A local expert on cyber security says the recent incident that left a major Thorold book retailer closing down its website serves as a stark reminder that even small- and mid-sized companies need to take a hard look at their digital barriers to prevent hackers from performing attacks that can lead to major financial losses and other disruptions.
It was on Monday that visitors to BookDepot, a book retailer with more than 400 employees at its Thorold warehouse, and a physical store in St Catharines, were greeted by the message that the store’s IT-systems were taken down after what the company said was a ‘cybersecurity incident.’
NRPS are investigating the matter, but no updates have been issued since the company made the announcement, and the company did not specify what systems had been impacted, but claimed customers financial information was not at risk when reached by ThoroldToday.
On Thursday the error message was still being displayed following the breach, that the company said occurred on September 22.
The incident did not come as a surprise to Aaron Mauro, Assistant Professor of Digital Media and an expert at cybersecurity at Brock University, who said IT-attacks can be likened to a pandemic in of itself.
“This looks like a ransomware attack,” said Mauro to ThoroldToday, but added it would be hard to determine exactly what had transpired in lack of information.
“A company operating on a big scale has data they are protecting, and that has value. It is sitting on a complex business process. Ransomware crews, essentially criminal operators who work internationally, infiltrate a network or an enterprise and encrypt the entire system so it is no longer useable.”
Mauro said the hackers, often operating in what can look like a legitimate office environment, will then attempt to extort the victim for large sums of money in order to release the systems back into their control.
“They are sitting and working in a professional environment with team meetings, and are working like many software developers would,” said Mauro.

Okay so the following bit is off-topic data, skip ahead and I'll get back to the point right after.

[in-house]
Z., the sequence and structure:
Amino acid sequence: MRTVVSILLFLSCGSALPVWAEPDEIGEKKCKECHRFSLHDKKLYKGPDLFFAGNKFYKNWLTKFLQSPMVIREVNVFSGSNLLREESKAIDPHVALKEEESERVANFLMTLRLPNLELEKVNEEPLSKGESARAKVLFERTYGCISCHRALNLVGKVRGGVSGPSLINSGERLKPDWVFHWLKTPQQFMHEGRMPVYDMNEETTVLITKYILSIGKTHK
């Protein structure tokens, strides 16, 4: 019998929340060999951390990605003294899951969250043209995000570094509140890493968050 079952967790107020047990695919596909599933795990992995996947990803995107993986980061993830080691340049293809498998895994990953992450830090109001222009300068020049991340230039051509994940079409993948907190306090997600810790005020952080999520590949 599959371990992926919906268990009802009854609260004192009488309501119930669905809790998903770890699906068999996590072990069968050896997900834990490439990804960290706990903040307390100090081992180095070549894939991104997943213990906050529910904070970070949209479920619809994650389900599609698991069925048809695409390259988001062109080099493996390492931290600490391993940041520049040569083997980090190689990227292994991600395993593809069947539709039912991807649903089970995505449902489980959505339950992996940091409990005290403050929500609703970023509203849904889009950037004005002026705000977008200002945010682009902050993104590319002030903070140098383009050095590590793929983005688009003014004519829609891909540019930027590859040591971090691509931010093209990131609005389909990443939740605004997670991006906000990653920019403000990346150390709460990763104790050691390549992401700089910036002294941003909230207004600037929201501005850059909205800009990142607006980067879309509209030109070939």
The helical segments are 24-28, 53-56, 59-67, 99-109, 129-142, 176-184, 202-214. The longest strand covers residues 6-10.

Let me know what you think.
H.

Attacks like these often originate from distant countries like Russia, Iran or North Korea, looking to profit from more wealthy nations and their business earnings.
The key in is often established through sending malicious links, or what looks like legitimate PDF- or Word-files that exploit vulnerabilities and open up back doors.
Then, said Mauro, the whole ordeal can be likened to interacting with a customer service agent over chat, who will act as a point of contact - but in fact is a member of the attacking group.
“They have become so good and efficient at what they do that they often have a worked-up business process. They can be very polite and treat it as a transactional interaction.”
“This is a moment for us to realize that the television image of what a hacker looks like from CSI-style television is wildly out of whack, and does not match reality.”
Mauro said alarm bells have been ringing for years about the growing threat to e-commerce as so-called ransomware crews get more brazen in their ways.
Through Covid-19, said Mauro, some observers have noted a connection between the growing threat of ransomware, and the accelerated digitization.
“These are issues not to be taken lightly and companies are not protected by being geographically remote.”
Mauro said even small- and mid-size companies should take the time to educate its employees on cyber-hygiene, and learn how to back up systems in case of a ransomware attack in order to not have to rebuild the system from scratch.
“Spending time with your staff and investing in them will harden your institution. The weakest point of a system is always between the computer and keyboard.”
Below are some links to help you catch up on cyber-safety: